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Cultivating Compassion, Part 2 – What’s “Growing” On Out There?

Sermon by Jen Gillum

Welcome back to Part TWO of Cultivating Compassion here at Harmony. I’m not sure we’ve done many “part two” sermons. Rest assured though, Harmony is probably not moving in the same vein of the mega churches—no digital billboard is about to be revealed with the 6 part Compassion Series. I know, shocking. But what’s perhaps even more shocking is that Jen Gillum is still talking about a New Year’s resolution in JUNE! June, people. That fact alone is pretty groundbreaking. I’m not certain we are even in typical “resolution territory” anymore here, honestly. It’s morphing.

If you were not here for the March 3 sermon, don’t worry about it. I barely scratched the surface of how we might plant small seeds of compassion in our lives. Compassion is embedded within our UU principles. No one here seems to think it’s a sucky idea to have compassion for self and others. But most of my sermon was about how damn hard it is (some days) to even extend compassion to the people we love in our lives. And I’ve noticed that may be, in part, because we often withhold compassion from ourselves.

My nearly 80 year old mother lives in my home and I also have a teenager now. He officially turned 13 on May 11th. I am running the gamut from early dementia to early puberty all wrapped up with my own hotflash bow. It’s like living in 3 different universes all under one roof. But those are just MY details in the plot of MY story line. And no. I haven’t figured out how to be compassionate all of the time. Quite the contrary, in fact. But I am learning on this journey and staying open to the process and trying to view life through a lens of compassion. I’m leaning into a compassion mindset. And maybe THAT is why I am still able to talk about this “resolution” in June. (I put “resolution” in quotation marks.)

Because compassion is so many things: a belief, a value, a great virtue—according to ancient philosophers, THE GOLDEN RULE—the bedrock of every religion. Also, it means nothing unless you actually DO SOMETHING. You must take action! Be nice to people. Just be good. At least, that is (kind of) what people took away from the March 3rd talk. I mean, we are a religion. And we do believe in compassion. I read you the principles word for word from the website last time.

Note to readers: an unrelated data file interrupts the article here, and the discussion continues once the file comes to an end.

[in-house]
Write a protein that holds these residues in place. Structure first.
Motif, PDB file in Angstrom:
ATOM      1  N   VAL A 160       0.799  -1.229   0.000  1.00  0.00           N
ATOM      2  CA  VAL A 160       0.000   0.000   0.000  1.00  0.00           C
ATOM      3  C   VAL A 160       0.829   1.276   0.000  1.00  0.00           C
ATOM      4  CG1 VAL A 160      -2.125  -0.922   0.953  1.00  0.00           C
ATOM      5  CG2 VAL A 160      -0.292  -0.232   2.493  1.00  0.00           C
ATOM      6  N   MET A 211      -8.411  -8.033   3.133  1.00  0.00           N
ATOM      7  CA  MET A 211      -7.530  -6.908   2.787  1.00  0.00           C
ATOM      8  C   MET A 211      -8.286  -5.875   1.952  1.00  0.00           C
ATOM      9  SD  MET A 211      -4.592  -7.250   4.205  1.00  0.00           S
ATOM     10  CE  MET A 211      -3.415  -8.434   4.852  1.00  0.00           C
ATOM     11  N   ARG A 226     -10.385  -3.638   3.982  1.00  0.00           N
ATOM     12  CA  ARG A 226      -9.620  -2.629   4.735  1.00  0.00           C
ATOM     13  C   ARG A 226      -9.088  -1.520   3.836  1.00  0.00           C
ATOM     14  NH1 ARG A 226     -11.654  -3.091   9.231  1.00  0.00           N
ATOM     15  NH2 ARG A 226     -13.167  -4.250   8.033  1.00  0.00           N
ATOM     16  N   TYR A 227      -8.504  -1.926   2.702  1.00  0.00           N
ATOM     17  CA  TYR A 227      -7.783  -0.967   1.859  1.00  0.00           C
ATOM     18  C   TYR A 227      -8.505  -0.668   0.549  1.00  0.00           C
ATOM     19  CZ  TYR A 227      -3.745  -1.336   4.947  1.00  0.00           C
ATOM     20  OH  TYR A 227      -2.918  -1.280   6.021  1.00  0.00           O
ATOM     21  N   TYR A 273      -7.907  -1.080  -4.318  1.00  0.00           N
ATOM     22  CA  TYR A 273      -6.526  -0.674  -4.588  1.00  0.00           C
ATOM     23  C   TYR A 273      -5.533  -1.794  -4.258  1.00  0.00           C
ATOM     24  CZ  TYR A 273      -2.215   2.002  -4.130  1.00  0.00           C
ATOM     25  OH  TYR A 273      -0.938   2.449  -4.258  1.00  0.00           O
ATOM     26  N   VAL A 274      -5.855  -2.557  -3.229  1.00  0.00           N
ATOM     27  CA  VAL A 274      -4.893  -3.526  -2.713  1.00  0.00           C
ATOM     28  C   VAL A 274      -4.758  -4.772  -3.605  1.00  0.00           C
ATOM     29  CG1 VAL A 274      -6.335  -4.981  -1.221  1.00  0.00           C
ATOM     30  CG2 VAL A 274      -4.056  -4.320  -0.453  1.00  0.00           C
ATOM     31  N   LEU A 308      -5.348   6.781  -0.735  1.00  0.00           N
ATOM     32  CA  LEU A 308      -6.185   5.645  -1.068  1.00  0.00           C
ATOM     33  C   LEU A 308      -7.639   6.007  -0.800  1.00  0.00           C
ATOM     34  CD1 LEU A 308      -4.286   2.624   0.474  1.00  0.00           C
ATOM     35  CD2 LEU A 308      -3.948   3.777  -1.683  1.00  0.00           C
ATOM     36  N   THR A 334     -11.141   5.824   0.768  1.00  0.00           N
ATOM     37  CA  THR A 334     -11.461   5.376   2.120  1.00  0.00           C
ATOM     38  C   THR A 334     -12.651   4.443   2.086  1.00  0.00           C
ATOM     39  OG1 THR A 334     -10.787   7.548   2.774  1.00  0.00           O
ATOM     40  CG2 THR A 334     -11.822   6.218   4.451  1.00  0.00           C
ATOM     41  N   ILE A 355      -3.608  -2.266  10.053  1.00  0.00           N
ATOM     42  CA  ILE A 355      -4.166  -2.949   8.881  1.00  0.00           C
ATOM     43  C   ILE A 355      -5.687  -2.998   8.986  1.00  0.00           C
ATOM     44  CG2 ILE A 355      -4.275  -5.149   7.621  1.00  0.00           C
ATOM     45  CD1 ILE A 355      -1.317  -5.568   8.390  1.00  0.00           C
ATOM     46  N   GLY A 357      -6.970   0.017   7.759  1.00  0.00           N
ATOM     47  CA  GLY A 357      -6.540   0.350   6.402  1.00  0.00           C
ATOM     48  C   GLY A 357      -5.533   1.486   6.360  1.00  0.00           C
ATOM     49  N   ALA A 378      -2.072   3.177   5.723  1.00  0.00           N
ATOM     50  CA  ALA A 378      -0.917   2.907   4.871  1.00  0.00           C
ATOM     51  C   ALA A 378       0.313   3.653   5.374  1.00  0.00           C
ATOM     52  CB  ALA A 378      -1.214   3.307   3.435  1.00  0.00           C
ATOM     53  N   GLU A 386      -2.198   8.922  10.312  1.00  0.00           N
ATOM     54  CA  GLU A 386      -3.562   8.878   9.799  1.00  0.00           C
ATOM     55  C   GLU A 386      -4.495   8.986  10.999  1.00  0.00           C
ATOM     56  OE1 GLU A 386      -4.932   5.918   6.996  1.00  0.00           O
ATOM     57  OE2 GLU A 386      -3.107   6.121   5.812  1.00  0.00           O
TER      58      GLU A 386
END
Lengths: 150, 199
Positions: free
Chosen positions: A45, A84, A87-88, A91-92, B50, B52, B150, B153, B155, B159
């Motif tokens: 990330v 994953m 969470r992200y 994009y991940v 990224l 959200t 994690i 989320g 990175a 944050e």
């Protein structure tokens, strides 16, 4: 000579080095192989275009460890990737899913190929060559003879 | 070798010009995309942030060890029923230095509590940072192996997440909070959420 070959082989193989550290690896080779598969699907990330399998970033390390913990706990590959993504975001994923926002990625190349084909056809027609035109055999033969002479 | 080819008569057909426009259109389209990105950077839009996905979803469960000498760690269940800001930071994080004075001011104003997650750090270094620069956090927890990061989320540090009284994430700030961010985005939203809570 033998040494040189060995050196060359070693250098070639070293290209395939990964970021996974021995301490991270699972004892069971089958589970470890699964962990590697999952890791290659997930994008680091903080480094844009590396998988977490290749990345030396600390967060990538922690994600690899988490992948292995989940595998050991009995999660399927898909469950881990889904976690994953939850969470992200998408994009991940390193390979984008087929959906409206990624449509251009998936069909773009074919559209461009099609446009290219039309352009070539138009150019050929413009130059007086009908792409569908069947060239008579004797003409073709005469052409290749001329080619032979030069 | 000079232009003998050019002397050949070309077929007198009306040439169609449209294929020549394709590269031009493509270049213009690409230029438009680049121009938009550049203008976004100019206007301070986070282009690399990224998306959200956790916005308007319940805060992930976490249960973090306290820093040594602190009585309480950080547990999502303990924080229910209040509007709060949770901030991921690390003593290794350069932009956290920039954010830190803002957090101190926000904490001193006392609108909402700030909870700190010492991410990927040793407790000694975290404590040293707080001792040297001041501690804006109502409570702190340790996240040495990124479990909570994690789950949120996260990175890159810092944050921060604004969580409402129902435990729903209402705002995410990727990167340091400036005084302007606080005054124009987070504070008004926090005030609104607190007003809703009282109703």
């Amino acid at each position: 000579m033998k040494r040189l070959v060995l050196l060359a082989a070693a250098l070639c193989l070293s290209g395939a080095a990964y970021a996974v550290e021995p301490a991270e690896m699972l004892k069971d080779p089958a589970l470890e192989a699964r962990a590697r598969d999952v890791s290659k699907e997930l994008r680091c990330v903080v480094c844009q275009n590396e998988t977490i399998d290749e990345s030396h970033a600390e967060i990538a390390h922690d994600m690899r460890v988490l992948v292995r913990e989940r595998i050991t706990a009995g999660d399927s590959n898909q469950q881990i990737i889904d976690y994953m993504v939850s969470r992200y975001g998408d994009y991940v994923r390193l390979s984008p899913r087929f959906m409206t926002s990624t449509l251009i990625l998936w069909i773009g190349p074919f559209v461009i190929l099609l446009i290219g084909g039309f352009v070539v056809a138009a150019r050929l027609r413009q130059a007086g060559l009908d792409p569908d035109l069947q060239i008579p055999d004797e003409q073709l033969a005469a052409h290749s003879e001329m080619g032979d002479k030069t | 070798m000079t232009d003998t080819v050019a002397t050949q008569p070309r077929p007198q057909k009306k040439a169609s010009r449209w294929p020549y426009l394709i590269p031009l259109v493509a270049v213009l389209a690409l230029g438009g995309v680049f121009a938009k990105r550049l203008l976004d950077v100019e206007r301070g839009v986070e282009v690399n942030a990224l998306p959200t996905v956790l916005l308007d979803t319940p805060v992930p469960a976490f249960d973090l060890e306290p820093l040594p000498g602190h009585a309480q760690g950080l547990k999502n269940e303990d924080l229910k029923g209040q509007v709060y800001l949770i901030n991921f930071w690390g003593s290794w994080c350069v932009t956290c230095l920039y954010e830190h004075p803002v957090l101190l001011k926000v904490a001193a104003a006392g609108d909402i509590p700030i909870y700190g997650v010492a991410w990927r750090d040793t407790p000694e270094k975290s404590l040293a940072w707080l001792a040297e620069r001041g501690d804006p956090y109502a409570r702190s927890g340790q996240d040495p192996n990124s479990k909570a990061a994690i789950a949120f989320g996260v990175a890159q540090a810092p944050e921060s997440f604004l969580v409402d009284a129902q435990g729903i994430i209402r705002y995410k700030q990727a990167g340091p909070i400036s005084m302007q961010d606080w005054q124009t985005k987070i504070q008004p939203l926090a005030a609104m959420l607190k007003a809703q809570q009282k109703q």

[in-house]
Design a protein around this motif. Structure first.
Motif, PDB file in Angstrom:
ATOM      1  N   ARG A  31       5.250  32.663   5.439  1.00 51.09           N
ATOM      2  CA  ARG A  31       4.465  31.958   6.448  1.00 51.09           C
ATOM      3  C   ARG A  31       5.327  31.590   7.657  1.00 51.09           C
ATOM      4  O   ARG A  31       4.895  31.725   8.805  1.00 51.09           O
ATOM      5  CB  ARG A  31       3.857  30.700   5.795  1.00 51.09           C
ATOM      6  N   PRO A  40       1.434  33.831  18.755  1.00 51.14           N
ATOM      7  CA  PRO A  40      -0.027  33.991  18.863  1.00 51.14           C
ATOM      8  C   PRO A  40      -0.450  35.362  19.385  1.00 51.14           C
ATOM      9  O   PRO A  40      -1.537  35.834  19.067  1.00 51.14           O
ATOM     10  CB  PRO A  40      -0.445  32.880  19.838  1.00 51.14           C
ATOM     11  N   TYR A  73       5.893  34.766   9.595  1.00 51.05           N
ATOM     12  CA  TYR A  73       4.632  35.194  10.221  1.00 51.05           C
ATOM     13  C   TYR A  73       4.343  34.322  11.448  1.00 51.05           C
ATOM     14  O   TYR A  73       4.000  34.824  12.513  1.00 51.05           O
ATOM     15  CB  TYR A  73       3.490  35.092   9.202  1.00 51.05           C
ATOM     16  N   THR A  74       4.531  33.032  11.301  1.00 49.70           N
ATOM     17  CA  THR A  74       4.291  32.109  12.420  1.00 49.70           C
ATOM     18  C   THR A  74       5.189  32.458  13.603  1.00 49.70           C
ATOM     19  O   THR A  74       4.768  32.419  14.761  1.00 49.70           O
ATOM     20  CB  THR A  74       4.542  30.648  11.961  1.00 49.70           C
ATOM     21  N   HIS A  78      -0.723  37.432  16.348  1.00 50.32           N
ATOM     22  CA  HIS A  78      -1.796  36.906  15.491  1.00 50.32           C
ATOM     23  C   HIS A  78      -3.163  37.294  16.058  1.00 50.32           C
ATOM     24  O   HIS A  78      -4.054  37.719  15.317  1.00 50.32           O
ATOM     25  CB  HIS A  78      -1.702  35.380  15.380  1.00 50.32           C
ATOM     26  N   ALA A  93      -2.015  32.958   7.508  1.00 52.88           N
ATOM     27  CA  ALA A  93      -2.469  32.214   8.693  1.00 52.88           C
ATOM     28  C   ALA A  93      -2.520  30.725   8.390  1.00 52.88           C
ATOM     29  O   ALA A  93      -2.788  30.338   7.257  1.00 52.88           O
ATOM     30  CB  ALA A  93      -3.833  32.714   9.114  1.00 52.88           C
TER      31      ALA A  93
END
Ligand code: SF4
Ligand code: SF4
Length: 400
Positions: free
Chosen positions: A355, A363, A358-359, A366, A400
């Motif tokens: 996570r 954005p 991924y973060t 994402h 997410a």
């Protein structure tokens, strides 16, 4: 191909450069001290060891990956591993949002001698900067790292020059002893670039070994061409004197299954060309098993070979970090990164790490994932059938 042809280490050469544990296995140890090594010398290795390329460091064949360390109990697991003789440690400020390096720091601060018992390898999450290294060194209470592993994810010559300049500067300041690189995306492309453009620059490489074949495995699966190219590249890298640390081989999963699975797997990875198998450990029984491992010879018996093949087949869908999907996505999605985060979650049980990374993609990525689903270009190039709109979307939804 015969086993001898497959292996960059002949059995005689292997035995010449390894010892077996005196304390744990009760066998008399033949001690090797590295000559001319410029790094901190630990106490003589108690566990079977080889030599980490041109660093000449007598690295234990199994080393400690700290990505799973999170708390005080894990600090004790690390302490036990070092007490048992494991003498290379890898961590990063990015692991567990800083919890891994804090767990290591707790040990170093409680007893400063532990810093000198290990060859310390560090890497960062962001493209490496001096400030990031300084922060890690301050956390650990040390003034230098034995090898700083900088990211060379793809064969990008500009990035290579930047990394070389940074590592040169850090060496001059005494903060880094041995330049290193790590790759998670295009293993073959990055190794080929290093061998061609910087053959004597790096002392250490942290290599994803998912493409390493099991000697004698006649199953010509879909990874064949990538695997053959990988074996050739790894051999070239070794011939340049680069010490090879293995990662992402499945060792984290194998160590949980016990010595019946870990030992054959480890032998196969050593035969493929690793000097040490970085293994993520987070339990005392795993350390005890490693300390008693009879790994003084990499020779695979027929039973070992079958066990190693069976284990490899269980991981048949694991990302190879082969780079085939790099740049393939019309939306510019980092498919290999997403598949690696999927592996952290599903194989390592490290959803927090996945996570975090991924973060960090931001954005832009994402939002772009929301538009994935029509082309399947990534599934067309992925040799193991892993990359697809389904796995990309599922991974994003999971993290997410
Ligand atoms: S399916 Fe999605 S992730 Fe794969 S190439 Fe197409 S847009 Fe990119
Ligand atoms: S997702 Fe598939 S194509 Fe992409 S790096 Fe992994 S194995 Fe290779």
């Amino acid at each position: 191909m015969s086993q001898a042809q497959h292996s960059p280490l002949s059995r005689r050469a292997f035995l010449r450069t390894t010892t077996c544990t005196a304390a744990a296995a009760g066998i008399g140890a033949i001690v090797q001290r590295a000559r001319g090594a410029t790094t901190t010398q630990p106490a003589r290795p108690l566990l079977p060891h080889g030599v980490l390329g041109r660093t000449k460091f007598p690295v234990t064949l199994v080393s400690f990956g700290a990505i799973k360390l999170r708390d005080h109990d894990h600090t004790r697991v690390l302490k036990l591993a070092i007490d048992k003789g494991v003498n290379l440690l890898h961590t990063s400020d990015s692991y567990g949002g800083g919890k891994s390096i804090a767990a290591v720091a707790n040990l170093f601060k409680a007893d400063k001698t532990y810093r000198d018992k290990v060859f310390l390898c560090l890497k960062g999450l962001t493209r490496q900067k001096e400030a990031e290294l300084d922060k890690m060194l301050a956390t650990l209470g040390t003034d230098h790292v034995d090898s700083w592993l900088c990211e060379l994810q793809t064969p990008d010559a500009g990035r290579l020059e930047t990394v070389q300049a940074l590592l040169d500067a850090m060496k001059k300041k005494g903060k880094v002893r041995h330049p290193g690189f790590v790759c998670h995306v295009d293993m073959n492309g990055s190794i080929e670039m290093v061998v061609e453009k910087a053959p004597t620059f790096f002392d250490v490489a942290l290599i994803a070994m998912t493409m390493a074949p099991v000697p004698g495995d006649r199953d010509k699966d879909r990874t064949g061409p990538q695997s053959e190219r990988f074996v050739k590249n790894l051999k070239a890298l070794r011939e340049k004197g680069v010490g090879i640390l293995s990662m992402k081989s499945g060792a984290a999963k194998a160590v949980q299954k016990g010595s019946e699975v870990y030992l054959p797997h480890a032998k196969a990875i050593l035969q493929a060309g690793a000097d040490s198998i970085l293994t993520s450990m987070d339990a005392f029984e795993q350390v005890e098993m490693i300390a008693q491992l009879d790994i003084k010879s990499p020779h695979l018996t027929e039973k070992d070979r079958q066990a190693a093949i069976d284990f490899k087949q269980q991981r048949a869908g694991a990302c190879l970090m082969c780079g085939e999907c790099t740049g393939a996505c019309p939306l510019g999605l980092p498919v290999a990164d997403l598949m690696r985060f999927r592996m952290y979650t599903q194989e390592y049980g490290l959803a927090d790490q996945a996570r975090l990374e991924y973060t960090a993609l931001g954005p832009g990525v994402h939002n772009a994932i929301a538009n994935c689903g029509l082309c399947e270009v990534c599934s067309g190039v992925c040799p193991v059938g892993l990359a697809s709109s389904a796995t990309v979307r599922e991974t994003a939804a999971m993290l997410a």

But something wasn’t sitting quite right. Or maybe it didn’t land right? Because although I attempted last time to extend some BIG old SELF-COMPASSION/worthiness DISCLAIMERS, I’m not sure it worked as well as I’d hoped it would. In talking to some women friends after the last go around, I heard (more than once) that these particular women walked away feeling like they were not doing enough to serve. To serve others. To serve humanity. Maybe, like me, to serve their families with doses of high-octane compassion. To BE the embodiment of a compassionate woman…a compassionate ENOUGH human. This hit me so hard. And male people here today, perhaps you felt this way too. I don’t know. I only talk to women, apparently. But I do feel compelled to give this book another shoutout: On Our Best Behavior: The Seven Deadly Sins and the Price Women Pay to Be Good by journalist Elise Loehnen

Last time I said I was literally “preaching to the choir” about compassion. I look around and I see so many good people in this room. People who value each other and humanity and who hold the virtue of compassion up as one of our core principles. All true. You might be wondering what the 7 Deadly Sins have to do with you. You are a UU! You might be atheist or agnostic or self-actualized enough to have escaped all of this religious propaganda. But this book shows clearly how we’ve ALL been culturally programmed to obey the rules represented by these “sins” and how doing so is what historically qualifies us as “good.” This book is about how these “sins” were codified by the church and ultimately permeated culture. So, YOU may have escaped dogmatic religion (many of us did not), but you have probably NOT escaped the impact of the church over time on culture and morals and “goodness.” The author is focused on women here. And how women equate self-denial with being good. For example, seeing SLOTH as sinful leads women to deny themselves rest. Gotta do more; gotta be more. Does that sound familiar? Women who deny themselves rest? I know men do this too. It’s a cultural epidemic, especially Western culture. And some people literally don’t have enough time to get off the hamster wheel and pause to read this book or even ask this question. They are working hard to survive. This book is about internalized patriarchy and how we can unwittingly reinforce it ourselves. Elisa Loehnen is pretty brilliant, and she puts a voice to so many things I have felt but didn’t fully understand. I highly recommend this book.

But this talk is about cultivating compassion. Why does this matter? I guess in getting back to those responses that people shared, I feel firmly committed to addressing worthiness first. If you feel compelled to act in compassionate ways to be considered good or good enough by yourself or others, your compassion balance might be a bit off. We are worthy. We ALL are worthy just for breathing air and being here. And it is exceptionally hard to remember that living in the comparison culture that we do with present-day influences, as well as historical ones. The reason this book matters so much is because in order for ME to live a life of authenticity and integrity and wholeness—to live MY values—I have to become self-aware enough, socially-aware enough, and culturally-aware ENOUGH to know what MY values even are. Screw good enough. Good enough for whom?